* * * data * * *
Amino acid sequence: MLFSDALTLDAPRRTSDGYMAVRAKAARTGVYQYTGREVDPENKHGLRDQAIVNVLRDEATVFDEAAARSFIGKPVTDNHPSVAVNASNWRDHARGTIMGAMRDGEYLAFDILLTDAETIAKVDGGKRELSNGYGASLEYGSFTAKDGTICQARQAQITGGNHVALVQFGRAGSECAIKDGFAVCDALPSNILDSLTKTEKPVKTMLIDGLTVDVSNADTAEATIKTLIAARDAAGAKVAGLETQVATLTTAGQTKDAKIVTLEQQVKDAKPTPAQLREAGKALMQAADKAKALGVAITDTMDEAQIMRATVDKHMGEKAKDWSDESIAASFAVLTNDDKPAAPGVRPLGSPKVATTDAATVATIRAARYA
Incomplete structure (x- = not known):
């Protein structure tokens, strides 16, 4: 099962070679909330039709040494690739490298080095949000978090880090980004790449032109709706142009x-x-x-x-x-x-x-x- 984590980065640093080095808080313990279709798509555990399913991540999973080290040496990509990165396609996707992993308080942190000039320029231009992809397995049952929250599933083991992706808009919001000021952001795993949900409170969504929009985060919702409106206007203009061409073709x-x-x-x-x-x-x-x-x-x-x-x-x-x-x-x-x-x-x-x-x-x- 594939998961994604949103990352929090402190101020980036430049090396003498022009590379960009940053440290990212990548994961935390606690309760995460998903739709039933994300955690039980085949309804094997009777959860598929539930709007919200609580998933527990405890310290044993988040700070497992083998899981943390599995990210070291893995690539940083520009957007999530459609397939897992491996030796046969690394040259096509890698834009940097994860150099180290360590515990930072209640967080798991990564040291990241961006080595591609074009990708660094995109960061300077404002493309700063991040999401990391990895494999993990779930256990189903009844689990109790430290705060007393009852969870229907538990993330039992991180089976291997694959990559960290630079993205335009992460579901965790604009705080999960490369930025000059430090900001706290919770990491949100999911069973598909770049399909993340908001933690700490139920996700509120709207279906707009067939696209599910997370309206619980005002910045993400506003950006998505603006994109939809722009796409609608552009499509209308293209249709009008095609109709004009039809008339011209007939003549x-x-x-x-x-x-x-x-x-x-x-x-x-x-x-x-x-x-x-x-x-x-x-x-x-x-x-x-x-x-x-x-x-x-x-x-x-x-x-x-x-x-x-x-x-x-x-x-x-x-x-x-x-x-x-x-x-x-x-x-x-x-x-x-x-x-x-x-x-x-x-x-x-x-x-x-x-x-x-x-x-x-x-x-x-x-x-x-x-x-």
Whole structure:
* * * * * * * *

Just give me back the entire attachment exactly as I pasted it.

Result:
Amino acid sequence: MLFSDALTLDAPRRTSDGYMAVRAKAARTGVYQYTGREVDPENKHGLRDQAIVNVLRDEATVFDEAAARSFIGKPVTDNHPSVAVNASNWRDHARGTIMGAMRDGEYLAFDILLTDAETIAKVDGGKRELSNGYGASLEYGSFTAKDGTICQARQAQITGGNHVALVQFGRAGSECAIKDGFAVCDALPSNILDSLTKTEKPVKTMLIDGLTVDVSNADTAEATIKTLIAARDAAGAKVAGLETQVATLTTAGQTKDAKIVTLEQQVKDAKPTPAQLREAGKALMQAADKAKALGVAITDTMDEAQIMRATVDKHMGEKAKDWSDESIAASFAVLTNDDKPAAPGVRPLGSPKVATTDAATVATIRAARYA
Incomplete structure (x- = not known):
């Protein structure tokens, strides 16, 4: 099962070679909330039709040494690739490298080095949000978090880090980004790449032109709706142009x-x-x-x-x-x-x-x- 984590980065640093080095808080313990279709798509555990399913991540999973080290040496990509990165396609996707992993308080942190000039320029231009992809397995049952929250599933083991992706808009919001000021952001795993949900409170969504929009985060919702409106206007203009061409073709x-x-x-x-x-x-x-x-x-x-x-x-x-x-x-x-x-x-x-x-x-x- 594939998961994604949103990352929090402190101020980036430049090396003498022009590379960009940053440290990212990548994961935390606690309760995460998903739709039933994300955690039980085949309804094997009777959860598929539930709007919200609580998933527990405890310290044993988040700070497992083998899981943390599995990210070291893995690539940083520009957007999530459609397939897992491996030796046969690394040259096509890698834009940097994860150099180290360590515990930072209640967080798991990564040291990241961006080595591609074009990708660094995109960061300077404002493309700063991040999401990391990895494999993990779930256990189903009844689990109790430290705060007393009852969870229907538990993330039992991180089976291997694959990559960290630079993205335009992460579901965790604009705080999960490369930025000059430090900001706290919770990491949100999911069973598909770049399909993340908001933690700490139920996700509120709207279906707009067939696209599910997370309206619980005002910045993400506003950006998505603006994109939809722009796409609608552009499509209308293209249709009008095609109709004009039809008339011209007939003549x-x-x-x-x-x-x-x-x-x-x-x-x-x-x-x-x-x-x-x-x-x-x-x-x-x-x-x-x-x-x-x-x-x-x-x-x-x-x-x-x-x-x-x-x-x-x-x-x-x-x-x-x-x-x-x-x-x-x-x-x-x-x-x-x-x-x-x-x-x-x-x-x-x-x-x-x-x-x-x-x-x-x-x-x-x-x-x-x-x-």
Whole structure: